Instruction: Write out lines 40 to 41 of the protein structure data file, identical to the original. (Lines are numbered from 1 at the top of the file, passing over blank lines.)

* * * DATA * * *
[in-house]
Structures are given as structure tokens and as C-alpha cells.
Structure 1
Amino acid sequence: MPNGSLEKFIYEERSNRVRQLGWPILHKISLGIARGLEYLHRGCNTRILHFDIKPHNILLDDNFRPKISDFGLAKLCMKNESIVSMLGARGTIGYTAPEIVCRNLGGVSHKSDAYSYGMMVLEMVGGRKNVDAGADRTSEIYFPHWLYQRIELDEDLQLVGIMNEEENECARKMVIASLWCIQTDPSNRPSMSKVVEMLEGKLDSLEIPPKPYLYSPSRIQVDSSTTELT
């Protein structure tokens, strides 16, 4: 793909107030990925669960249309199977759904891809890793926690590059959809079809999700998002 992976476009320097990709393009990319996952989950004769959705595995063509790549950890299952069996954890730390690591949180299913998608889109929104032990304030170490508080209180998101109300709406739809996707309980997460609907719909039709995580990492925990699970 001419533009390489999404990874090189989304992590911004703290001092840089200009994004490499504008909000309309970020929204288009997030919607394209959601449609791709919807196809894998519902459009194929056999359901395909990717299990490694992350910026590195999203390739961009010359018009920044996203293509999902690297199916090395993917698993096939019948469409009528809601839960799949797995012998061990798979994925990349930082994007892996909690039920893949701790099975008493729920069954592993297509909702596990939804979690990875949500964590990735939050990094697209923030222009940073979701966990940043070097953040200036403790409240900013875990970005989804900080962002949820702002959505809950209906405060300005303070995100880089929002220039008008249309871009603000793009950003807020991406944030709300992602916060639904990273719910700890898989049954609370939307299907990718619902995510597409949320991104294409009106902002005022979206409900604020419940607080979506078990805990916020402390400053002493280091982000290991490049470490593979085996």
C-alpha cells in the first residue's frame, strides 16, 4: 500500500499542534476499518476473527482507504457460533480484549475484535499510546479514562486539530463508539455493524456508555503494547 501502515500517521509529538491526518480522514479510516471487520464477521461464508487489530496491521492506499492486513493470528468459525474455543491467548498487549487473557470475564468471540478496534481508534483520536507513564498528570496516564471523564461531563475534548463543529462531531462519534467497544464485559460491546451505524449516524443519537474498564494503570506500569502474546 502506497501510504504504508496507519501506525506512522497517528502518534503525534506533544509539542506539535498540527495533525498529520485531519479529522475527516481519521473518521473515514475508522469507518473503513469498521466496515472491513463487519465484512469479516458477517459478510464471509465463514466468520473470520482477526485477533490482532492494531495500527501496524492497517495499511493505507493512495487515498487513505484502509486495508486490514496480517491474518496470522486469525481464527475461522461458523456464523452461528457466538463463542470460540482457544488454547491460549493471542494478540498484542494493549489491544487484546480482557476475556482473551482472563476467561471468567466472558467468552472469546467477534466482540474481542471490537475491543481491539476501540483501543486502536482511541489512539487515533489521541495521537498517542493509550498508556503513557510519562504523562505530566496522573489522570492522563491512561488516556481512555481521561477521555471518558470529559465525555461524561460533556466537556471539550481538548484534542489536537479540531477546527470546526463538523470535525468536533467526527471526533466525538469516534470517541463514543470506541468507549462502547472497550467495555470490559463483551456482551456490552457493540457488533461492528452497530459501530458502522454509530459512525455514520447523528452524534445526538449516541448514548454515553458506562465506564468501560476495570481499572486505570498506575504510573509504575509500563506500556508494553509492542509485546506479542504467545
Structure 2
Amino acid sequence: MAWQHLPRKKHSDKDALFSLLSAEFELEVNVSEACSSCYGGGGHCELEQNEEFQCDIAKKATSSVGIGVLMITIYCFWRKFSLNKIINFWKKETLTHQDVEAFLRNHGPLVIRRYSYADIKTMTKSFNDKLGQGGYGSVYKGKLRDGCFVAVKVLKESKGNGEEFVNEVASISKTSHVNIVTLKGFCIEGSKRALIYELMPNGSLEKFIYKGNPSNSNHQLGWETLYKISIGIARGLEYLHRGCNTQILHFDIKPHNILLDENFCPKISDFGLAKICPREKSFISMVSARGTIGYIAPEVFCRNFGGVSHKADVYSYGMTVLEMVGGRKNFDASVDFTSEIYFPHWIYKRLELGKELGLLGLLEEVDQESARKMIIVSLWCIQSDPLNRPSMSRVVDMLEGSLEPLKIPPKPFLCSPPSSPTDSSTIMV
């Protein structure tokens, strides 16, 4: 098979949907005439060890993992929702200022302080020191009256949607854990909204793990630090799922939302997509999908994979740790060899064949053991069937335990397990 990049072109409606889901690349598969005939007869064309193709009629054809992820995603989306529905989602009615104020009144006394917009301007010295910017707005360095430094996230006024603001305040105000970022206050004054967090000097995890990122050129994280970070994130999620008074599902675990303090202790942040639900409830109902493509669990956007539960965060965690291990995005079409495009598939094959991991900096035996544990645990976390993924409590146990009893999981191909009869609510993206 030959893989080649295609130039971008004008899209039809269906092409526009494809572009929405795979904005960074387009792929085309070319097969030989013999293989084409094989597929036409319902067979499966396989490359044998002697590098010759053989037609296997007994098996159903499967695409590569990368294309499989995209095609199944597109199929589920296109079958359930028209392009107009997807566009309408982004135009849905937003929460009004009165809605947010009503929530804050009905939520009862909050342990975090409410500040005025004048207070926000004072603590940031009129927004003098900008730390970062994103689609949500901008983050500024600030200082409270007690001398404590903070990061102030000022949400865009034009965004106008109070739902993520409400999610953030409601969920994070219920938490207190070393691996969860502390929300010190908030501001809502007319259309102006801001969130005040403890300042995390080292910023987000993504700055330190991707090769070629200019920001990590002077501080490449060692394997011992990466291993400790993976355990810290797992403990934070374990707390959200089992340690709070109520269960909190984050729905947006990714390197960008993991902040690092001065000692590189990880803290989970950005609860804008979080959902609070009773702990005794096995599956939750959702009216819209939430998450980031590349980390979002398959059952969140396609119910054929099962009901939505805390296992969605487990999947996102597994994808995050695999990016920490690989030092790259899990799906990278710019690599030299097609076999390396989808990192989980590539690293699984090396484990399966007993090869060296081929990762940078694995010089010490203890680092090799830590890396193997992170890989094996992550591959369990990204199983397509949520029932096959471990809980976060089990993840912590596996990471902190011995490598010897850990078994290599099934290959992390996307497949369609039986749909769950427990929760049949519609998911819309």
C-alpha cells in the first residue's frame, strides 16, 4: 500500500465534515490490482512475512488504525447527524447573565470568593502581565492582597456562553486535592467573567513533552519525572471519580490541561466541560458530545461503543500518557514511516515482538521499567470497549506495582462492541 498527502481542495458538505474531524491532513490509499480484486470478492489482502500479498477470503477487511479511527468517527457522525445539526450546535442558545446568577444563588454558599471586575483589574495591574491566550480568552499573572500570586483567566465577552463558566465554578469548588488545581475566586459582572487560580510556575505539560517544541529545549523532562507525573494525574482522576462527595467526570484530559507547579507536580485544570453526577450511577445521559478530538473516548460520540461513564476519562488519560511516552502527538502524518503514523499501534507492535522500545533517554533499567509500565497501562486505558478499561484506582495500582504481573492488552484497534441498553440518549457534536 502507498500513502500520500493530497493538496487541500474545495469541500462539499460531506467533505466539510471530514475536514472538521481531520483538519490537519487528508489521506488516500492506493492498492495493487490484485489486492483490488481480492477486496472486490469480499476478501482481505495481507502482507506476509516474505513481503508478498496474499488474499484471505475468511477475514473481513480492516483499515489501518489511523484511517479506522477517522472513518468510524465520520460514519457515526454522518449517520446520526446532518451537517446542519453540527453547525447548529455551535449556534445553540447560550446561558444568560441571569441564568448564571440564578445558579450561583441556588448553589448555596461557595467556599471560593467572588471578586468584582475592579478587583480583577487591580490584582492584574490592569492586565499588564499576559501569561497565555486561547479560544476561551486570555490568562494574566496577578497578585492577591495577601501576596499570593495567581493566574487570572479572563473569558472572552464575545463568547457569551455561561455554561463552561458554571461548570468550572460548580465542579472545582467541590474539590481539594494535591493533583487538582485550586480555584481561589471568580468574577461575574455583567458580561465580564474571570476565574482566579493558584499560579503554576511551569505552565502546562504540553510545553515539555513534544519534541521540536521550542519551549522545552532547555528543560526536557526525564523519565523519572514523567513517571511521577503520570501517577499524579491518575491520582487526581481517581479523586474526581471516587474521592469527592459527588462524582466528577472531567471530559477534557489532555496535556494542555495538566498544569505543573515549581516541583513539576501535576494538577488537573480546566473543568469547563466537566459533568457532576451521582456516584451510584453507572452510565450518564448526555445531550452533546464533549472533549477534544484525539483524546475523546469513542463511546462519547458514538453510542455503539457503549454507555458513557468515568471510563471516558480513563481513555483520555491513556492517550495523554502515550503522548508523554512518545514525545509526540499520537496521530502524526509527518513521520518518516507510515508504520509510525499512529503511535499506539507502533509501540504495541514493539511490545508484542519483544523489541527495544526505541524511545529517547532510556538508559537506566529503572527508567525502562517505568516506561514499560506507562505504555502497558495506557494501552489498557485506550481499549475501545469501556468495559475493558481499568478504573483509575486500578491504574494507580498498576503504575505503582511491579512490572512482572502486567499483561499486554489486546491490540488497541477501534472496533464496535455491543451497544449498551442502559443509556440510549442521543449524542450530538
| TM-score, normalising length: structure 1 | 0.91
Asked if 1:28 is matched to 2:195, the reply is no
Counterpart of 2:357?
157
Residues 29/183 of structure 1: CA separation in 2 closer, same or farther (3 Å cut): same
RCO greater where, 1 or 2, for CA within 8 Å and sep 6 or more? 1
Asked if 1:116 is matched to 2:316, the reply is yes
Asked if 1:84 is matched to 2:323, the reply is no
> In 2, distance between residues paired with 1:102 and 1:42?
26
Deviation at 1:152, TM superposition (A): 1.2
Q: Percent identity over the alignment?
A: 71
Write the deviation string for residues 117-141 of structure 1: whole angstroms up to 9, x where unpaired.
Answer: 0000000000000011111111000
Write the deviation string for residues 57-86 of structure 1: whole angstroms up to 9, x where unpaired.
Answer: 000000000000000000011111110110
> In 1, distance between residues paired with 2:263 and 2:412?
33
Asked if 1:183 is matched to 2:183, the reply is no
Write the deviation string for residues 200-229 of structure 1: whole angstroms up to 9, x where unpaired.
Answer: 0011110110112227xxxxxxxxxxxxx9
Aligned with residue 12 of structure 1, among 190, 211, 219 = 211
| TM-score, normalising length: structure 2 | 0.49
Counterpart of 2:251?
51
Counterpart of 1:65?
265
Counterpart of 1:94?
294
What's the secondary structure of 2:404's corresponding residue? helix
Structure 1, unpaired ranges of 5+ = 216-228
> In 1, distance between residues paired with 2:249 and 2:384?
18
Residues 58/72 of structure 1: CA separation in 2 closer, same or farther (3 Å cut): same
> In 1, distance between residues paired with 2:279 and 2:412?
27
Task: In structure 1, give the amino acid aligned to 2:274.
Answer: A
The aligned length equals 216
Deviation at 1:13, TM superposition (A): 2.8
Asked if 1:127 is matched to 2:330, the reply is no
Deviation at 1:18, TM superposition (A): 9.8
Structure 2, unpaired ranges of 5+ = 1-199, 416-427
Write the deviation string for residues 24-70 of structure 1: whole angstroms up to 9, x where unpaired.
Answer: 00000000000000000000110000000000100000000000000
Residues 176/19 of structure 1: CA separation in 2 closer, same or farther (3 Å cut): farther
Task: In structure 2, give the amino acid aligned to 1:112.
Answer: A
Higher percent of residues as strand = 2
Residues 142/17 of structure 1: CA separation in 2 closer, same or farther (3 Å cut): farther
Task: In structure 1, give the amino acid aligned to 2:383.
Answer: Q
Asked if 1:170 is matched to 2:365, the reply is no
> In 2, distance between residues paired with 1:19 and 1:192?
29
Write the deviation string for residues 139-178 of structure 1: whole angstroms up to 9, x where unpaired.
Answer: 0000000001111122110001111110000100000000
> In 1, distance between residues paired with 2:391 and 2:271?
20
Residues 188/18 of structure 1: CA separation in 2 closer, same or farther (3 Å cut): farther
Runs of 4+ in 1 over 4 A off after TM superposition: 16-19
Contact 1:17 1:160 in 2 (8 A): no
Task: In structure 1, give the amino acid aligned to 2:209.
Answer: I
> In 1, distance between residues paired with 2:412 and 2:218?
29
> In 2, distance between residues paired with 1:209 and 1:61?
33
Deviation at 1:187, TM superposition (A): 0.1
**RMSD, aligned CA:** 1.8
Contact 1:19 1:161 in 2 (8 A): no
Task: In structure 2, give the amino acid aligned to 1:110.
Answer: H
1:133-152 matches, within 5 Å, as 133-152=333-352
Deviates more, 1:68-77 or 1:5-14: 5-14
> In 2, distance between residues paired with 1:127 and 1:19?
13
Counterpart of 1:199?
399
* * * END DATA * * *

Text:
294
What's the secondary structure of 2:404's corresponding residue? helix